Areas for reform include the civil service wage bill, which at 17.6 per cent of GDP is “among the highest levels in the world”, energy subsidies and lossmaking state-owned enterprises. “When you have little or no fiscal space you will need to strictly prioritise your spending for health and social protection and that means that something has to give,” he said. 

The high turnover of governments — there have been 10 since the revolution — has made reform difficult. Many have been underpinned by weak coalitions in fragmented parliaments in which no single party holds a majority.

“Meeting IMF conditions will be difficult, given previous flare-ups between unions and the government over public sector salaries,” said James Swanston, Middle East and north Africa economist at Capital Economics, the London-based consultancy.

“Given the global pandemic and the likelihood of increasing consumer prices, the unions might demand pay hikes again and the government might feel it has little option but to succumb to the pressure.”

Protesters block a street during clashes with security forces in a Tunis suburb © Fethi Belaid/AFP/Getty

While coronavirus has exacerbated the crisis, Hichem Mechichi, the prime minister, said in a November speech that the country’s economic woes were only partly caused by the virus.

“Our country has not been able to establish an economic route which enables us to emerge from the economic difficulties we experienced since 2011,” he said, pointing to what he described as “a loss of hope in the future” exemplified by the increasing numbers of Tunisian illegal migrants making the perilous sea journey to Italy.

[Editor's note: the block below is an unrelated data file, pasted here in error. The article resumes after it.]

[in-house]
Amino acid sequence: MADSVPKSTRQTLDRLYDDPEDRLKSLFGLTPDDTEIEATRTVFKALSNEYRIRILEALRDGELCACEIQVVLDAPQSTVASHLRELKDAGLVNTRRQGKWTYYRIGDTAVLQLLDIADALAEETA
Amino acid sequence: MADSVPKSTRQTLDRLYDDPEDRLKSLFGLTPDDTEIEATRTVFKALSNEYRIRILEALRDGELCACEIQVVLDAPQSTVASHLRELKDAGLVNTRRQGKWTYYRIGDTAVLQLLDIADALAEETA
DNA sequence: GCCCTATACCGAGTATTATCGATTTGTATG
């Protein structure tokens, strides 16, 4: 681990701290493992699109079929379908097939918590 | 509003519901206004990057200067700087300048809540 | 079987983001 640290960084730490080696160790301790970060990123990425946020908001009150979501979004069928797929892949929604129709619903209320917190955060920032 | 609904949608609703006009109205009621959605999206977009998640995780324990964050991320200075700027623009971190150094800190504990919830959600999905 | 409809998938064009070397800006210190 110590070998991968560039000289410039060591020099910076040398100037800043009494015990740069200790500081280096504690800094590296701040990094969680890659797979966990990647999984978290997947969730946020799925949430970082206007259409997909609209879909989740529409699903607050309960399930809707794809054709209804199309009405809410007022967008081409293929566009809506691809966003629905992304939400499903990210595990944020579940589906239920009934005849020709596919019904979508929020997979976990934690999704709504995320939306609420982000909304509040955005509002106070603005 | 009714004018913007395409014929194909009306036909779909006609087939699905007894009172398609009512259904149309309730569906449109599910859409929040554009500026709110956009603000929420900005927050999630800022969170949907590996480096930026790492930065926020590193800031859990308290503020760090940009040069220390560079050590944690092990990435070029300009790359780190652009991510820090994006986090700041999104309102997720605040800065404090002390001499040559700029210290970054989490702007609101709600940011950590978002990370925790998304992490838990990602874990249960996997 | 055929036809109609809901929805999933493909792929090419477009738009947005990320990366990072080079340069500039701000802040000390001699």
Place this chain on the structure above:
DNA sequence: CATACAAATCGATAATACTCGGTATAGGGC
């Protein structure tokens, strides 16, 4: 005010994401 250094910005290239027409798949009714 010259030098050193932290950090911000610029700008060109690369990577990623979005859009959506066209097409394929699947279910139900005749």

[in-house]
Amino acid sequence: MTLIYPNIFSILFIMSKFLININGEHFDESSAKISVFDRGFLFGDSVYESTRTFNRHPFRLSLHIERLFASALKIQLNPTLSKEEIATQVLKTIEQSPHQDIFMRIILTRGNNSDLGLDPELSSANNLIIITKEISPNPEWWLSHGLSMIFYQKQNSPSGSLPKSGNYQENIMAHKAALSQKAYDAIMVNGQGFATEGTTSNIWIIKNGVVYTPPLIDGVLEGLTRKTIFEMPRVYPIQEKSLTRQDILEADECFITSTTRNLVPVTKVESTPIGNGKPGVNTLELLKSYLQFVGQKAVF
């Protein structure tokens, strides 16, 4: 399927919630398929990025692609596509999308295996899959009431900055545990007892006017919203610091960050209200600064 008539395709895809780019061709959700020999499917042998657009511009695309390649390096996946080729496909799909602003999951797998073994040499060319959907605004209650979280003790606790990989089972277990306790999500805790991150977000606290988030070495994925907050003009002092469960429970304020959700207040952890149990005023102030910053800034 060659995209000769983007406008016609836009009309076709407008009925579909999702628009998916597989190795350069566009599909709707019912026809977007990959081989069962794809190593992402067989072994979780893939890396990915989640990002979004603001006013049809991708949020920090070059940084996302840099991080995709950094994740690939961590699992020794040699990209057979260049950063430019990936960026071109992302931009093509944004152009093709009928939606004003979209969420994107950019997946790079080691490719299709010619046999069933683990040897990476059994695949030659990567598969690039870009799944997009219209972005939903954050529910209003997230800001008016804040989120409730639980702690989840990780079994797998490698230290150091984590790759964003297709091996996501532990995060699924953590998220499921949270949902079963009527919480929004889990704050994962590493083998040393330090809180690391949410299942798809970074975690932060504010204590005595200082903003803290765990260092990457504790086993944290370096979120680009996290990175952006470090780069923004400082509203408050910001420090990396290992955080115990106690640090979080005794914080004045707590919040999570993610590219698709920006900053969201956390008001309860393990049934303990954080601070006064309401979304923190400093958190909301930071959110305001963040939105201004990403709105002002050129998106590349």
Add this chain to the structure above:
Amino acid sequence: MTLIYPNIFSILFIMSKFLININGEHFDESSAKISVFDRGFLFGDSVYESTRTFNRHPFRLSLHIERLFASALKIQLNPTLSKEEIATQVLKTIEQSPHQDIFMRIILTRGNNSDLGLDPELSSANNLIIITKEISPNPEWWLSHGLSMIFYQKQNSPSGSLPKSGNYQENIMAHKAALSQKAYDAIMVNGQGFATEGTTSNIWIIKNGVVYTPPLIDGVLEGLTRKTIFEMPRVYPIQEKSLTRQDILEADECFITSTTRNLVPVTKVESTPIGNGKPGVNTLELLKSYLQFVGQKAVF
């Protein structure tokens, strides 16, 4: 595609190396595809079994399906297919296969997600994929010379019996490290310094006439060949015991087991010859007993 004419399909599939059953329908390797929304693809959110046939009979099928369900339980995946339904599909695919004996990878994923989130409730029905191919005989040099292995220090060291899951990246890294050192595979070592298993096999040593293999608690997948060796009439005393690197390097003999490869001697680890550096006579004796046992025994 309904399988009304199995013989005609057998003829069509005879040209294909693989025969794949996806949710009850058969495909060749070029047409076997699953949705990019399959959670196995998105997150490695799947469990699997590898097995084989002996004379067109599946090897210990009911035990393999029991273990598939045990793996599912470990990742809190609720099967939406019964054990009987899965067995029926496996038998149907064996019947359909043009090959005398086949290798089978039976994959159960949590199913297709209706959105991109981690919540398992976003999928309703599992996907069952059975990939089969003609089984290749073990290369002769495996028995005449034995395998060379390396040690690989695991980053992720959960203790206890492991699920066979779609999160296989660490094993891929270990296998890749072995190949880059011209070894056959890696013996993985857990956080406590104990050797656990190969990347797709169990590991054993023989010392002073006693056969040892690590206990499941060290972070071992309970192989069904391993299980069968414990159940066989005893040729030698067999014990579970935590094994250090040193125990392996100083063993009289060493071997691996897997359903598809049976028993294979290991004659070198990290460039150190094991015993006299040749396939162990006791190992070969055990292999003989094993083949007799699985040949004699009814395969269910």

The government’s response to protests has attracted criticism. “Poverty, marginalisation and exclusion should be dealt with through fairness and dignity, not smears and criminalisation,” said the Tunisian Forum for Economic and Social Rights, a civil society group

The deteriorating economy has undermined confidence in the political system and the politicians who emerged after the revolution. This has contributed to the meteoric rise in the opinion polls of Abir Moussi, a controversial party leader and former official in Ben Ali’s ruling party. She has been able to tap into a well of nostalgia for a period of perceived economic stability under dictatorship.

“Democracy is not yet under threat but it needs to deliver for people,” said Ms Benabdelkarim.

“They have to see that it can create better lives for them. There is a danger that people will stop believing in this. We are not there yet, but the government can at least start with reforms that are not controversial like cutting bureaucracy to make it easier for foreign investors to come here.”

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Emerging Markets

Tech-heavy Taiwan stock index plunges on Covid outbreak




Taiwan’s stock market, home to some of the world’s biggest tech companies, suffered one of the largest drops in its history as investors were rocked by a worsening Covid-19 outbreak.